Familial hypercholesterolaemia is characterised by substantially raised plasma concentrations of low-density lipoprotein cholesterol (LDL-C) and is associated with a risk of coronary heart disease that is five to eight times higher than average. One charity has estimated a saving of £378.7 million from cardiovascular events avoided if all relatives of index cases were identified and treated optimally over 55 years of age.
The disease is inherited in an autosomal-dominant fashion and is thought to be monogenic, however no mutations are detected in about 60% of patients with the clinical phenotype who are tested. A proportion of these cases of familial hypercholesterolaemia could be polygenic, due to the inheritance of a greater than average number of common LDL-C-rasing alleles. Identification of those individuals with polygenic hyperlipidaemia could improve the efficacy of a testing programme.
Talmud et al. assembled patients with familial hypercholesterolaemia from three UK sources and compared them with a control sample from the UK Whitehall II (WHII) study. Patients from a Belgian lipid clinic were also studied for validation analysis. Participants were genotyped for 12 common LDL-C-raising alleles and a weighted LDL-C-raising gene score was constructed.
The mean weighted LDL-C gene score of the control (Whitehall) participants (0.90) was strongly associated with LDL-C concentration. Mutation-negative UK patients had a significantly higher mean weighted LDL-C score (1.0) than did WHII controls, as did the mutation negative Belgian patients (0.99). The score was also higher in UK (0.95) and Belgian (0.92) mutation-positive patients when compared to Whitehall study controls.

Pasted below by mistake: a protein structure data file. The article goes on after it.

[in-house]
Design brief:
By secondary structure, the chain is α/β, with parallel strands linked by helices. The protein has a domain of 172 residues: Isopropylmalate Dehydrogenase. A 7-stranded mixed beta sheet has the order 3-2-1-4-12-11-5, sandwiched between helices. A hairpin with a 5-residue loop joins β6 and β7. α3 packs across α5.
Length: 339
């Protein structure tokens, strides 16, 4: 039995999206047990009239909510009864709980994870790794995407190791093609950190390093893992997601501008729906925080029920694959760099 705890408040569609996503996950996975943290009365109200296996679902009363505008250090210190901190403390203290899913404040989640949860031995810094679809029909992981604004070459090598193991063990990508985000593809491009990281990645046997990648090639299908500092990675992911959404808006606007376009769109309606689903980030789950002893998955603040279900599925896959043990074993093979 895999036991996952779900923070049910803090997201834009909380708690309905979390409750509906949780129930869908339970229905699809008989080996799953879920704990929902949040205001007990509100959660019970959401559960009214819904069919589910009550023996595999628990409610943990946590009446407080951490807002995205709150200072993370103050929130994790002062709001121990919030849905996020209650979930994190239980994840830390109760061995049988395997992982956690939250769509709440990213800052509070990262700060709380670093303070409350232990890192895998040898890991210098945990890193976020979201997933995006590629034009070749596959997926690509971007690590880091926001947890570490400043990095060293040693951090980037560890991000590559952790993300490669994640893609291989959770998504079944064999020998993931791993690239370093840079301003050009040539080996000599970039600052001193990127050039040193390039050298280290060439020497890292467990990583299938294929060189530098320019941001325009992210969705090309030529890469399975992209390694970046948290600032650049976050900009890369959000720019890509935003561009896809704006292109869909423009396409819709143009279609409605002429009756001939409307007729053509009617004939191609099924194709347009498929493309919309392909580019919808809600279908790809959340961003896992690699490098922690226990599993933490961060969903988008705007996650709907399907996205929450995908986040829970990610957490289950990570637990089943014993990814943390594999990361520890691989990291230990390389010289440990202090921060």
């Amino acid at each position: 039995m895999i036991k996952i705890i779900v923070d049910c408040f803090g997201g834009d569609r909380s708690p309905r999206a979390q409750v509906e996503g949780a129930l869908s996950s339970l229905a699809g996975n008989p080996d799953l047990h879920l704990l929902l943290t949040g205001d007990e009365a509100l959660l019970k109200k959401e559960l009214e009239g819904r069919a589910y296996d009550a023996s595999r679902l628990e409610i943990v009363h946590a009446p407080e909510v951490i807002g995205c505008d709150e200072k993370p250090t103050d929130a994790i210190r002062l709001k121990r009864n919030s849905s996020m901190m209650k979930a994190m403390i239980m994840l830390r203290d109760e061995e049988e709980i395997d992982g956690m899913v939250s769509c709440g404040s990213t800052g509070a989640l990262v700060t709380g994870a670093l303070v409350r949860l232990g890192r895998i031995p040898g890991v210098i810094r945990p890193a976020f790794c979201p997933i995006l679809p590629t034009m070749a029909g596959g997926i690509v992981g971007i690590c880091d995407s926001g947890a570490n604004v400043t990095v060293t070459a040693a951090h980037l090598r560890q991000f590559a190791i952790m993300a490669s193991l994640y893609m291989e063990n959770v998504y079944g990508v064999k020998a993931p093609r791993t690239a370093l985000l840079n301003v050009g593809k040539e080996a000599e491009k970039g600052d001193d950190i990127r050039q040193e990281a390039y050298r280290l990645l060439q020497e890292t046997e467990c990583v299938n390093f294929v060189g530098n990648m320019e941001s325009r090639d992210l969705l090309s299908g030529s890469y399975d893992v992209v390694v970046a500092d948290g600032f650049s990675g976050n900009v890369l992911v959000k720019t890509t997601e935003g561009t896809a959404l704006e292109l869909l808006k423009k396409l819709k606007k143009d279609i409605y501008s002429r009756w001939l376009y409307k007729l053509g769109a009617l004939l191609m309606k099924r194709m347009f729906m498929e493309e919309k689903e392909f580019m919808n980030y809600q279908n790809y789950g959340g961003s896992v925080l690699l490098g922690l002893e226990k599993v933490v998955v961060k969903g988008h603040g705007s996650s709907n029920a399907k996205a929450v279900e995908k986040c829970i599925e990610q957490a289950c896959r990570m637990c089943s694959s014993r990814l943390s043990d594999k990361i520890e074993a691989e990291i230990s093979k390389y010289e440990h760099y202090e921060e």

A substantial number of patients with familial hypercholesterolaemia have no known mutation, and this study suggests that in these patients the raised LDL-C concentrations have a polygenic cause. This finding may explain the variable penetrance of the disease, and has implications for genetic testing strategies.
- Talmud PJ, Shah S, Whittall R et al. Use of low-density lipoprotein cholesterol gene score to distinguish patients with polygenic and monogenic familial hypercholesterolaemia: a case-control study. Lancet 2013;381:1291-1301.